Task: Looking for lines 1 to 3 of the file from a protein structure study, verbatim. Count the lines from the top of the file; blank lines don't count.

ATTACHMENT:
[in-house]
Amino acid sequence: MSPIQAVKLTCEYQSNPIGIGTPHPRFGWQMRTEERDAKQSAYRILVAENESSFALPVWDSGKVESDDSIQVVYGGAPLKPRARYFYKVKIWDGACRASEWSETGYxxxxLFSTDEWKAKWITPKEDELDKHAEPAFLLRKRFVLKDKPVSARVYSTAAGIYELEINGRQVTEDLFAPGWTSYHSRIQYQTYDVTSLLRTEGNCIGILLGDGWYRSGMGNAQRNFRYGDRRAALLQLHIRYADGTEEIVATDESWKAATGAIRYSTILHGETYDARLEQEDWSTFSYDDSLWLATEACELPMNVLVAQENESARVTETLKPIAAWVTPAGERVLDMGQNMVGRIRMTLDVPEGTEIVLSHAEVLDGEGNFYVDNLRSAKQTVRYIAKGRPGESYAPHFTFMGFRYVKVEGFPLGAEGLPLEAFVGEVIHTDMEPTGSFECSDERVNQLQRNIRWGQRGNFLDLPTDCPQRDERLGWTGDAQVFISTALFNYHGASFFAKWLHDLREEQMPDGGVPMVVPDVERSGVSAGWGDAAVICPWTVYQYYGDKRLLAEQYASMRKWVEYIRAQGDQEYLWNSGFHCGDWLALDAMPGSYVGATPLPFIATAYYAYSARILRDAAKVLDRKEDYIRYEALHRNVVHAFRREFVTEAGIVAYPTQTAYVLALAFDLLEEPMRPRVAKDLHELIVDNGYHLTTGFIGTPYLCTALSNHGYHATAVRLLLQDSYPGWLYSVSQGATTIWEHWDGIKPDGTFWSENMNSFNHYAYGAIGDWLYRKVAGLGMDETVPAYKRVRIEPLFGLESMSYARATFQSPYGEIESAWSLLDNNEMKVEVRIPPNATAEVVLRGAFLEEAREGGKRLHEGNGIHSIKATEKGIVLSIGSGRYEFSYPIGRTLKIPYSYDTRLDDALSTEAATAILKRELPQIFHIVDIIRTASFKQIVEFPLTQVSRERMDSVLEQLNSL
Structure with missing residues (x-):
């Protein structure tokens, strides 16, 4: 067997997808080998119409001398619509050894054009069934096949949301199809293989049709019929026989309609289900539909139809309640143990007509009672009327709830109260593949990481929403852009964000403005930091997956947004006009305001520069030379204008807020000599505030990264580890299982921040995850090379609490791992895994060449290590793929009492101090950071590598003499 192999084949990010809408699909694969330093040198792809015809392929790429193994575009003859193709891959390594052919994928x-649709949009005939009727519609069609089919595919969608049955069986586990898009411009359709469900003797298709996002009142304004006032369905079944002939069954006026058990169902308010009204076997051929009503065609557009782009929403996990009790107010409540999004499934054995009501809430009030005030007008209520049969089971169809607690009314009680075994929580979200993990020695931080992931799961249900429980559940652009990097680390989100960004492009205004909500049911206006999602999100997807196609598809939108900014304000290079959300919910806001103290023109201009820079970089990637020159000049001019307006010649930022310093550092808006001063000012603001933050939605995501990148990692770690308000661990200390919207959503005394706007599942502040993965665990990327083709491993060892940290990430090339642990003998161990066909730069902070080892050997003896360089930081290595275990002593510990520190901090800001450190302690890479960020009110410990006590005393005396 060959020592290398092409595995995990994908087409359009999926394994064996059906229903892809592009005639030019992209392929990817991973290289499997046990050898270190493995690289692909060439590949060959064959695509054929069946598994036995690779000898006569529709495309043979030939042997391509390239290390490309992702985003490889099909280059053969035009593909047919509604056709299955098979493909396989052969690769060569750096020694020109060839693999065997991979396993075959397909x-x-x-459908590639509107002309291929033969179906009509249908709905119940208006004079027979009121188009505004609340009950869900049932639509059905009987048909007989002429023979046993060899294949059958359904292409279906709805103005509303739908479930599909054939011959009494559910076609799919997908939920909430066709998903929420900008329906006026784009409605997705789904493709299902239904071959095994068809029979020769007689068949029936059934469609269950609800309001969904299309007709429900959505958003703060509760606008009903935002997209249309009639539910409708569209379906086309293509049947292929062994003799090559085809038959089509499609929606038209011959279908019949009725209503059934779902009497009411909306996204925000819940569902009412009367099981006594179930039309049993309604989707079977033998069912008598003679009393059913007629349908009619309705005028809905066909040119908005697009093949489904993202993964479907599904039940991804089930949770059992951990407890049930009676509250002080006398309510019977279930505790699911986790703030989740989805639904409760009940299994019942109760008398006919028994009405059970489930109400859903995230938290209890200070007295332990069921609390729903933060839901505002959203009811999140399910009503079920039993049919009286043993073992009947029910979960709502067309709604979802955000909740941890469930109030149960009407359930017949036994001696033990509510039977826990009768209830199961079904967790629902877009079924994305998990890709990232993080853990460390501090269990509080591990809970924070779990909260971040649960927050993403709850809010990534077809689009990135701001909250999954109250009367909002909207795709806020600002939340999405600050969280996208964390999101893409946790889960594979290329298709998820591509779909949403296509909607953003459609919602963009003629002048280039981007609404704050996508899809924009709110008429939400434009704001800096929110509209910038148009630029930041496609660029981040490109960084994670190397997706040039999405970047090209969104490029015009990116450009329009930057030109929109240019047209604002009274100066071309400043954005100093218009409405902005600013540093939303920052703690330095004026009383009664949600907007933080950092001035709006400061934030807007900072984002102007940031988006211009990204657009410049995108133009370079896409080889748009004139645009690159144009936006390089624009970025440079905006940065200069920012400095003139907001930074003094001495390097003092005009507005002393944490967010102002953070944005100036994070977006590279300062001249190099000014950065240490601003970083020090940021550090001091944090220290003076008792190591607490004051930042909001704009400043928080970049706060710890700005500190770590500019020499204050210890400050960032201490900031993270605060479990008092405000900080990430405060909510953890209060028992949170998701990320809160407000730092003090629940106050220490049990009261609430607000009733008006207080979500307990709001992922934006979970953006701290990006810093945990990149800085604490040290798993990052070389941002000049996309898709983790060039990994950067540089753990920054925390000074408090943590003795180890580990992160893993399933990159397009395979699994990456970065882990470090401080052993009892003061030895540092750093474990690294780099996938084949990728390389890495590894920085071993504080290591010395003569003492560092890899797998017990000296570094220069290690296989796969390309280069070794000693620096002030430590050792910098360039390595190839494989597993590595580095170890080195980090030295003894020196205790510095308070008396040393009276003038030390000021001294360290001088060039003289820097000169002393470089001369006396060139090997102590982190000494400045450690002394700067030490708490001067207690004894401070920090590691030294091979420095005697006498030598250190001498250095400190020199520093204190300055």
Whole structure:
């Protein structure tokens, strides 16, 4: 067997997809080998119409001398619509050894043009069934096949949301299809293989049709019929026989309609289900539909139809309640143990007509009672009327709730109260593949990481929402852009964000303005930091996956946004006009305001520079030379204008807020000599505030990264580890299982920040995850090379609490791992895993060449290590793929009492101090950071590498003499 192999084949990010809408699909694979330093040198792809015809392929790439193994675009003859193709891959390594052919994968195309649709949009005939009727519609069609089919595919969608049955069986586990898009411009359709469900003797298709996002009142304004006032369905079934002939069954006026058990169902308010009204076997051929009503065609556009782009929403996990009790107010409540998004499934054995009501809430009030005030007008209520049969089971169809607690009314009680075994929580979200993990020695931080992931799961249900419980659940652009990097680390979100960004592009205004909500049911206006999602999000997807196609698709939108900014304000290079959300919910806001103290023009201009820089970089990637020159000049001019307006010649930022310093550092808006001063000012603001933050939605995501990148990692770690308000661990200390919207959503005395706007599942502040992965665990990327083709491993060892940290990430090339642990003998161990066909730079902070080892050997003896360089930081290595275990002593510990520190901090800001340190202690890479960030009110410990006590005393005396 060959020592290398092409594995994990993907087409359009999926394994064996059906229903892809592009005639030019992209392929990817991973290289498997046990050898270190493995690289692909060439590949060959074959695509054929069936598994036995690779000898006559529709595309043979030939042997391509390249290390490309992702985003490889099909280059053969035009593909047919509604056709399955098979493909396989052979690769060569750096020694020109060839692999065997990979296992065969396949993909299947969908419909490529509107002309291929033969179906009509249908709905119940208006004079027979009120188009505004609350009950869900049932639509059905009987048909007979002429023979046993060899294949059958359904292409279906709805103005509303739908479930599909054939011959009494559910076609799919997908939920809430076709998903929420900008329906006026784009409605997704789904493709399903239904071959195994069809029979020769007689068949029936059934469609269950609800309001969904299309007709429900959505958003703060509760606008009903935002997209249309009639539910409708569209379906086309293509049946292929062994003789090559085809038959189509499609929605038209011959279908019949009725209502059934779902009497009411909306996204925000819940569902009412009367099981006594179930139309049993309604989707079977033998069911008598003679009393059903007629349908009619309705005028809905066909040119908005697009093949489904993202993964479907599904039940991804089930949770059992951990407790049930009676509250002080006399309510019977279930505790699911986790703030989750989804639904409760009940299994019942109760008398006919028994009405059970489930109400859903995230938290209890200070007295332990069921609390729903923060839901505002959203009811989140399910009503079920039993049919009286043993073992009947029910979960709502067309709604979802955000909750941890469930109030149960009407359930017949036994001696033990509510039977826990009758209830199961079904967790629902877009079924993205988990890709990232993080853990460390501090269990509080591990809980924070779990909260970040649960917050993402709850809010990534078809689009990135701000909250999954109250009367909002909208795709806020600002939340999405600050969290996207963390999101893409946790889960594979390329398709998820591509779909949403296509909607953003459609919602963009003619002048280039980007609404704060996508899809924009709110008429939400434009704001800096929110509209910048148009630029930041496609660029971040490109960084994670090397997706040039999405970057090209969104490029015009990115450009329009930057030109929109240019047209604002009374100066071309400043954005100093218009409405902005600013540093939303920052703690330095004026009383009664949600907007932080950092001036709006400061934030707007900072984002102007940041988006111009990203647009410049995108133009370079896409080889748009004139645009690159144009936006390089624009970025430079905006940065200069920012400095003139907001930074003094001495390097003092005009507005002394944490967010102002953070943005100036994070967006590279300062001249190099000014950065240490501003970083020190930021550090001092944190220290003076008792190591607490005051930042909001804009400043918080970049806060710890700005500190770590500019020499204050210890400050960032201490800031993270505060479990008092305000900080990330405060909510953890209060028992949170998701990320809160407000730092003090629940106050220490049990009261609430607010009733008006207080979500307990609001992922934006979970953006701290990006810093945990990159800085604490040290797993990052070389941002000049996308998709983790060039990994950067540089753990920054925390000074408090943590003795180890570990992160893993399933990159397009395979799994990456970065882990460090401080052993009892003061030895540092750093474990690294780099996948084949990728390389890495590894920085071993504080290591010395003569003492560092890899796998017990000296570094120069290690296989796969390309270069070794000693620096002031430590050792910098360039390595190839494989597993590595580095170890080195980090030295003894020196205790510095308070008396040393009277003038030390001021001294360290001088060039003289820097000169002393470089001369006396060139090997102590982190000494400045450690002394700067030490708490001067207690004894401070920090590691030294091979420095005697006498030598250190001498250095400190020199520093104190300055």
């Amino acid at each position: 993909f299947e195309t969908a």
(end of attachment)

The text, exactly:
[in-house]
Amino acid sequence: MSPIQAVKLTCEYQSNPIGIGTPHPRFGWQMRTEERDAKQSAYRILVAENESSFALPVWDSGKVESDDSIQVVYGGAPLKPRARYFYKVKIWDGACRASEWSETGYxxxxLFSTDEWKAKWITPKEDELDKHAEPAFLLRKRFVLKDKPVSARVYSTAAGIYELEINGRQVTEDLFAPGWTSYHSRIQYQTYDVTSLLRTEGNCIGILLGDGWYRSGMGNAQRNFRYGDRRAALLQLHIRYADGTEEIVATDESWKAATGAIRYSTILHGETYDARLEQEDWSTFSYDDSLWLATEACELPMNVLVAQENESARVTETLKPIAAWVTPAGERVLDMGQNMVGRIRMTLDVPEGTEIVLSHAEVLDGEGNFYVDNLRSAKQTVRYIAKGRPGESYAPHFTFMGFRYVKVEGFPLGAEGLPLEAFVGEVIHTDMEPTGSFECSDERVNQLQRNIRWGQRGNFLDLPTDCPQRDERLGWTGDAQVFISTALFNYHGASFFAKWLHDLREEQMPDGGVPMVVPDVERSGVSAGWGDAAVICPWTVYQYYGDKRLLAEQYASMRKWVEYIRAQGDQEYLWNSGFHCGDWLALDAMPGSYVGATPLPFIATAYYAYSARILRDAAKVLDRKEDYIRYEALHRNVVHAFRREFVTEAGIVAYPTQTAYVLALAFDLLEEPMRPRVAKDLHELIVDNGYHLTTGFIGTPYLCTALSNHGYHATAVRLLLQDSYPGWLYSVSQGATTIWEHWDGIKPDGTFWSENMNSFNHYAYGAIGDWLYRKVAGLGMDETVPAYKRVRIEPLFGLESMSYARATFQSPYGEIESAWSLLDNNEMKVEVRIPPNATAEVVLRGAFLEEAREGGKRLHEGNGIHSIKATEKGIVLSIGSGRYEFSYPIGRTLKIPYSYDTRLDDALSTEAATAILKRELPQIFHIVDIIRTASFKQIVEFPLTQVSRERMDSVLEQLNSL
Structure with missing residues (x-):